It’s safe to say we have entered into an entirely new age of journalism. With the creation of the internet (Thanks, Al Gore!) to the proliferation of Facebook, Tumblr and Blogspot, virtually anyone with an internet connection and a keyboard can become a journalist. Each week, there seems to be a wave of stories that are equally unbelievable and seemingly true. Determining what’s real and what’s not has become an incredible burden for newsrooms fact-checking departments, already under-staffed and over-worked.
Nearly three years ago, we saw local on-the-ground "reporters" sending out information during the Arab Spring, armed with their smartphones, tweeting and posting news to anyone who was listening. By clicking "refresh" on our browsers, everyone was able to access and be clued into how the situation was unfolding. Newsrooms had never seen this level of information flooding out of an event without a reporter on the ground. They were able to believe and fact-check the information based on the collective group of tweeters, posters and instagrammers. But what happens when it's one person?
Remember a few weeks ago hearing about a waitress who was a lesbian, and the family she served allegedly left her no tip, instead leaving a note that condemned her sexual orientation? It was virtually everywhere: Buzzfeed, ABC, Mashable, Twitter, Facebook. Turns out, it was probably made up. The family in question showed pretty clear evidence that the tale we were all fed by the waitress, and exacerbated on the web, was untrue.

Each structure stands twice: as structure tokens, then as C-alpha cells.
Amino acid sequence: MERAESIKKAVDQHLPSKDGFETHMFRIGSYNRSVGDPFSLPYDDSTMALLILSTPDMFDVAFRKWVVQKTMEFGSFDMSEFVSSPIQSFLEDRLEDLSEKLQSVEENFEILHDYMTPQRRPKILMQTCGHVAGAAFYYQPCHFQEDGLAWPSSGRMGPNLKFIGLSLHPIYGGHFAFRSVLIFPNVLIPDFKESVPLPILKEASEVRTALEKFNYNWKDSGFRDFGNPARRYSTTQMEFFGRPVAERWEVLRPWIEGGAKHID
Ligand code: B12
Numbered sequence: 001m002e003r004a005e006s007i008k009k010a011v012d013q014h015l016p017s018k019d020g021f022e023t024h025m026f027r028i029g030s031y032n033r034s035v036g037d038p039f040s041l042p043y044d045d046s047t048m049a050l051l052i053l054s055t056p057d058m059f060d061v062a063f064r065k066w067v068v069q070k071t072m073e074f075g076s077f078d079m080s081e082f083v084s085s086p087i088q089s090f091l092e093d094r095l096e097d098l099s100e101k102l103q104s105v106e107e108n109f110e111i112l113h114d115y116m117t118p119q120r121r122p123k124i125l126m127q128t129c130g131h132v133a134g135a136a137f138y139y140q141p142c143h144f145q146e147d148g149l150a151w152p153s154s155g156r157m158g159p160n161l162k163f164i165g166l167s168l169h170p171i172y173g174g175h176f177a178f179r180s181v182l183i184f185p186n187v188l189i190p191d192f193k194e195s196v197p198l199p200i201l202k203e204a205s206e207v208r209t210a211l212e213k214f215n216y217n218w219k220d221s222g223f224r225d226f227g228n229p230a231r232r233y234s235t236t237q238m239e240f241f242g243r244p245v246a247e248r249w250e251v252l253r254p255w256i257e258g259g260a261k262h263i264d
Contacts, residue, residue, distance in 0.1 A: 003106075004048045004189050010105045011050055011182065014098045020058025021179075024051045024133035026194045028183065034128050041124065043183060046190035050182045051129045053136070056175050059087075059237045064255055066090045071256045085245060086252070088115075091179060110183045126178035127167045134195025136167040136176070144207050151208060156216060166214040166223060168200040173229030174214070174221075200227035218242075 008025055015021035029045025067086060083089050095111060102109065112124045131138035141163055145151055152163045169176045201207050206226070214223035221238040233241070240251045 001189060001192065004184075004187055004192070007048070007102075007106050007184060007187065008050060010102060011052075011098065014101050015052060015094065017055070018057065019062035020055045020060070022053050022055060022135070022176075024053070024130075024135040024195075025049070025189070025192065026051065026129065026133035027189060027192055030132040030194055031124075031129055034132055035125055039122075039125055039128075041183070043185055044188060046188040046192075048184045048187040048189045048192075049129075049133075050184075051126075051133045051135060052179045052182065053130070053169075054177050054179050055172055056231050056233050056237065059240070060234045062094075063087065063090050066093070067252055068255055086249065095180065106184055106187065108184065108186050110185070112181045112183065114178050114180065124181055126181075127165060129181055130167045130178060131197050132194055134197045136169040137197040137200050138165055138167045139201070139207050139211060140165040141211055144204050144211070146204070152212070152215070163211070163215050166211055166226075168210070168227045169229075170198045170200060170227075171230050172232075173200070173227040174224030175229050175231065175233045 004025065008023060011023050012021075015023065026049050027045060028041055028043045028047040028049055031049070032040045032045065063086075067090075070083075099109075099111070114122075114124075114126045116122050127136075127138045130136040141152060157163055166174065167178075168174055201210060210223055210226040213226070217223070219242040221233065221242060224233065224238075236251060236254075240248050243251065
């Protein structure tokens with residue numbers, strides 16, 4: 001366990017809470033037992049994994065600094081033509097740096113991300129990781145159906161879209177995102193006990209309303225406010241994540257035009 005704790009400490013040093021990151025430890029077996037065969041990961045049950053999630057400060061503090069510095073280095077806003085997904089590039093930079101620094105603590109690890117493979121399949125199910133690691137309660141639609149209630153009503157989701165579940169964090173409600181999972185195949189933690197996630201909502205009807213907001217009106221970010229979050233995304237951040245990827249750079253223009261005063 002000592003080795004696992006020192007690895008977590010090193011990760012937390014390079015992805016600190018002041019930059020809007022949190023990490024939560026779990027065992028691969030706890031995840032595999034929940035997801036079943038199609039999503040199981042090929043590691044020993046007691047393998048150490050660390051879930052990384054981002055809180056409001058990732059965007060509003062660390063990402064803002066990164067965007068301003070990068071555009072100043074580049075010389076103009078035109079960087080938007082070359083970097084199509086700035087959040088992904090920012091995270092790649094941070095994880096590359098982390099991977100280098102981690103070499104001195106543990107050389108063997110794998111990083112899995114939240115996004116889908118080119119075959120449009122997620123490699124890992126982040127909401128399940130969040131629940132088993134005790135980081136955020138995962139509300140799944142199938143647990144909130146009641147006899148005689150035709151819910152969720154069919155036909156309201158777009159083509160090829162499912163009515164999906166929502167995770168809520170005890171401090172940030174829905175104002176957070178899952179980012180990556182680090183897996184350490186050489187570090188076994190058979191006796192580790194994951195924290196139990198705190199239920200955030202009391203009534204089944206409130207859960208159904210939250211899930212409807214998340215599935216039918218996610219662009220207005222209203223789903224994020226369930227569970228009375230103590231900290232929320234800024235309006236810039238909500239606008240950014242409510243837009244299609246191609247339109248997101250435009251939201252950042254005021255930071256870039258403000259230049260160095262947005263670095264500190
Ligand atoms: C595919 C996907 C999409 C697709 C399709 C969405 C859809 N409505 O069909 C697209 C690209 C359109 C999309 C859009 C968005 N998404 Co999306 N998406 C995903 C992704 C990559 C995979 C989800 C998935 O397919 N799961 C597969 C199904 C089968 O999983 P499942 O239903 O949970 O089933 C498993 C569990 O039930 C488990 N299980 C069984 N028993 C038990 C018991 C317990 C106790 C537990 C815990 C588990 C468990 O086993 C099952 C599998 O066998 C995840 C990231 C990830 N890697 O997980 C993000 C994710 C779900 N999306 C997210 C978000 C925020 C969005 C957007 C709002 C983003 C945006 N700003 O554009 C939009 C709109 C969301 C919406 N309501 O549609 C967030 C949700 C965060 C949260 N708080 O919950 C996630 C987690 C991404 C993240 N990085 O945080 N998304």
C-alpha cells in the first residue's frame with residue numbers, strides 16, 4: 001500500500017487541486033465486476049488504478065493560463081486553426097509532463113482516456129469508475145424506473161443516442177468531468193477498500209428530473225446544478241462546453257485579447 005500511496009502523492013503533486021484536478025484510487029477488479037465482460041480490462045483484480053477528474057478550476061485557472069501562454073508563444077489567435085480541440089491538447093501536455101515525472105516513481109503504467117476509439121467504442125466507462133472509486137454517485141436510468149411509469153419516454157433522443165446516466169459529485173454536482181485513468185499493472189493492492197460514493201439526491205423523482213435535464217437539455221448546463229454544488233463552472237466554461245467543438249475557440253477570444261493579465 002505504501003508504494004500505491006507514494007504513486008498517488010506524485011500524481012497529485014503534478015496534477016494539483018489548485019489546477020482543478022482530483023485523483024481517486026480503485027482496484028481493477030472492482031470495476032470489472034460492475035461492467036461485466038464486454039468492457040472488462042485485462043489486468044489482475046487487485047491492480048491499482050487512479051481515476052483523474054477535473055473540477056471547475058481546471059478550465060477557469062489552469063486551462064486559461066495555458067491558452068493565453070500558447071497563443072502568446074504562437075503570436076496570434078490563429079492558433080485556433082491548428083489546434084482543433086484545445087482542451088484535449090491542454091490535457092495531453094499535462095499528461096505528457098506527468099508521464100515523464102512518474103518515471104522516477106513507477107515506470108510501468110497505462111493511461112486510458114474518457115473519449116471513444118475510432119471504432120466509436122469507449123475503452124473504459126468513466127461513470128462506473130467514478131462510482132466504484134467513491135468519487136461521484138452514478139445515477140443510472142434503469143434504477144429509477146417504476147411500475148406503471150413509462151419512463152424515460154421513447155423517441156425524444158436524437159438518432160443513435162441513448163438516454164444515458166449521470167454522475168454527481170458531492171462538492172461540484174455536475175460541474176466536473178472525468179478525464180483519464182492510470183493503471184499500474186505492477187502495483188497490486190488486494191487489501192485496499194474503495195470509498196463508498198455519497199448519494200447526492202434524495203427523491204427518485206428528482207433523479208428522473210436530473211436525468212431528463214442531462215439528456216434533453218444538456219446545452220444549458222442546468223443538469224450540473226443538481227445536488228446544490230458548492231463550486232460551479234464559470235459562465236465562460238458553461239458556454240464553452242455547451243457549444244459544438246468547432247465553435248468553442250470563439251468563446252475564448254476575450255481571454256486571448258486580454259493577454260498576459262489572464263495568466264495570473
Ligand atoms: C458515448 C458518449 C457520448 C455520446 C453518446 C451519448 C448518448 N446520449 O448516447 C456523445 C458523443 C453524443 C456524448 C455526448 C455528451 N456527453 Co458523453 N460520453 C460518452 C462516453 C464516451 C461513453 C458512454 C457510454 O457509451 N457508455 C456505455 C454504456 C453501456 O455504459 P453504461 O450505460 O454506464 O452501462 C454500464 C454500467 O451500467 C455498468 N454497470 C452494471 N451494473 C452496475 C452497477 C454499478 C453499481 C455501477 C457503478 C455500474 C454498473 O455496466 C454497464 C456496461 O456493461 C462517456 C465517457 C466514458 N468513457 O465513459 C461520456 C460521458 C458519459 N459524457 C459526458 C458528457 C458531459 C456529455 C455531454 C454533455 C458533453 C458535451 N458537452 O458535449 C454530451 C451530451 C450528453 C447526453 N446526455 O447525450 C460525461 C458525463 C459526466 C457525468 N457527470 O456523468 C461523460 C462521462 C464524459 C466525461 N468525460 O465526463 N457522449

Nearly a week later, Elan Gale, a television producer with a sizeable Twitter following shocked the world, well the social media world, with his tale of an unruly airline passenger on Thanksgiving. The tweets made it feel so real and so unnerving. Again, turns out Gale’s tale was just that, a tall tale.
So where does the truth come into play? Both Gale and the waitress’s tales were spun all over media channels, both online and in their traditional print and broadcast forms. Not one person in the media challenged them until others came forward with a different interpretation. Where do we draw the line and insist that, despite the story, journalists must do their job and check both sides? Or, does this speak to the state of play these days in newsrooms. With people getting their information, real or not, from a variety of sources, are journalists merely trying to compete on the latest story circulating around the web to remain relevant? Are we all sacrificing the truth in the name of relevancy and web traffic numbers?